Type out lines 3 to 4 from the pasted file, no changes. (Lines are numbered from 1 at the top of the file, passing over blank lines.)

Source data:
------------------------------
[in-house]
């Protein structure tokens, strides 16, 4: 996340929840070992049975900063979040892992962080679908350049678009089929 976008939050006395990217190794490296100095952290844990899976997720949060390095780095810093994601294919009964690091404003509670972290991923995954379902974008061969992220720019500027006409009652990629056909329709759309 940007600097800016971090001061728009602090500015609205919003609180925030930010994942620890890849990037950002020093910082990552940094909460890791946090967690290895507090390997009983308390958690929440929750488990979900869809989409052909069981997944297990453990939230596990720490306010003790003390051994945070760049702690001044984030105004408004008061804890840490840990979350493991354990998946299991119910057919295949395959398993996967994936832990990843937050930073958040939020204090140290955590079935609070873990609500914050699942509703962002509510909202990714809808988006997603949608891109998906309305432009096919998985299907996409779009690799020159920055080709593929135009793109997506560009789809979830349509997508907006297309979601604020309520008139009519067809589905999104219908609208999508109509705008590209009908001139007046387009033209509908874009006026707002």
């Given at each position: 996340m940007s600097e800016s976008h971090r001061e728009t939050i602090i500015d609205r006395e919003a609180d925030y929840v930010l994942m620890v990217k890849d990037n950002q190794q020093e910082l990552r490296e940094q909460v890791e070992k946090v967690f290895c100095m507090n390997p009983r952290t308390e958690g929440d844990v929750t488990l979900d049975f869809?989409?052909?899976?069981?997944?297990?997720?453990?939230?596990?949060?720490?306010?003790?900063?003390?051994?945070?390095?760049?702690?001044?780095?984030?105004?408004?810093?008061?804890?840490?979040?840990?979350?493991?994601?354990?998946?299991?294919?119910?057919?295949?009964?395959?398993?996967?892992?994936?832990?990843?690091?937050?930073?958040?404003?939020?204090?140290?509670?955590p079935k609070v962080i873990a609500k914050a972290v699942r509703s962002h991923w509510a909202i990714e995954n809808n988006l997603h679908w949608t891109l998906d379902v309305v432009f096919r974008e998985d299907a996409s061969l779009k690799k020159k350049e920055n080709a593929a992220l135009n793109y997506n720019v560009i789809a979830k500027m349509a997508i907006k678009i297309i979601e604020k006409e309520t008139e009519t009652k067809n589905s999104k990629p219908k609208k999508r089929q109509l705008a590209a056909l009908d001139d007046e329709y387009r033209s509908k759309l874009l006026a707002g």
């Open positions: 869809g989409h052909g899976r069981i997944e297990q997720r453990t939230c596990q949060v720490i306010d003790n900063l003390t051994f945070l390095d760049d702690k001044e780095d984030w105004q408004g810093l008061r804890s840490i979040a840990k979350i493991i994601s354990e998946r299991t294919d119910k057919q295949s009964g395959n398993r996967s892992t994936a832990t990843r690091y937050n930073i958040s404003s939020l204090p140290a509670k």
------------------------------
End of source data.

């Given at each position: 996340m940007s600097e800016s976008h971090r001061e728009t939050i602090i500015d609205r006395e919003a609180d925030y929840v930010l994942m620890v990217k890849d990037n950002q190794q020093e910082l990552r490296e940094q909460v890791e070992k946090v967690f290895c100095m507090n390997p009983r952290t308390e958690g929440d844990v929750t488990l979900d049975f869809?989409?052909?899976?069981?997944?297990?997720?453990?939230?596990?949060?720490?306010?003790?900063?003390?051994?945070?390095?760049?702690?001044?780095?984030?105004?408004?810093?008061?804890?840490?979040?840990?979350?493991?994601?354990?998946?299991?294919?119910?057919?295949?009964?395959?398993?996967?892992?994936?832990?990843?690091?937050?930073?958040?404003?939020?204090?140290?509670?955590p079935k609070v962080i873990a609500k914050a972290v699942r509703s962002h991923w509510a909202i990714e995954n809808n988006l997603h679908w949608t891109l998906d379902v309305v432009f096919r974008e998985d299907a996409s061969l779009k690799k020159k350049e920055n080709a593929a992220l135009n793109y997506n720019v560009i789809a979830k500027m349509a997508i907006k678009i297309i979601e604020k006409e309520t008139e009519t009652k067809n589905s999104k990629p219908k609208k999508r089929q109509l705008a590209a056909l009908d001139d007046e329709y387009r033209s509908k759309l874009l006026a707002g």
């Open positions: 869809g989409h052909g899976r069981i997944e297990q997720r453990t939230c596990q949060v720490i306010d003790n900063l003390t051994f945070l390095d760049d702690k001044e780095d984030w105004q408004g810093l008061r804890s840490i979040a840990k979350i493991i994601s354990e998946r299991t294919d119910k057919q295949s009964g395959n398993r996967s892992t994936a832990t990843r690091y937050n930073i958040s404003s939020l204090p140290a509670k």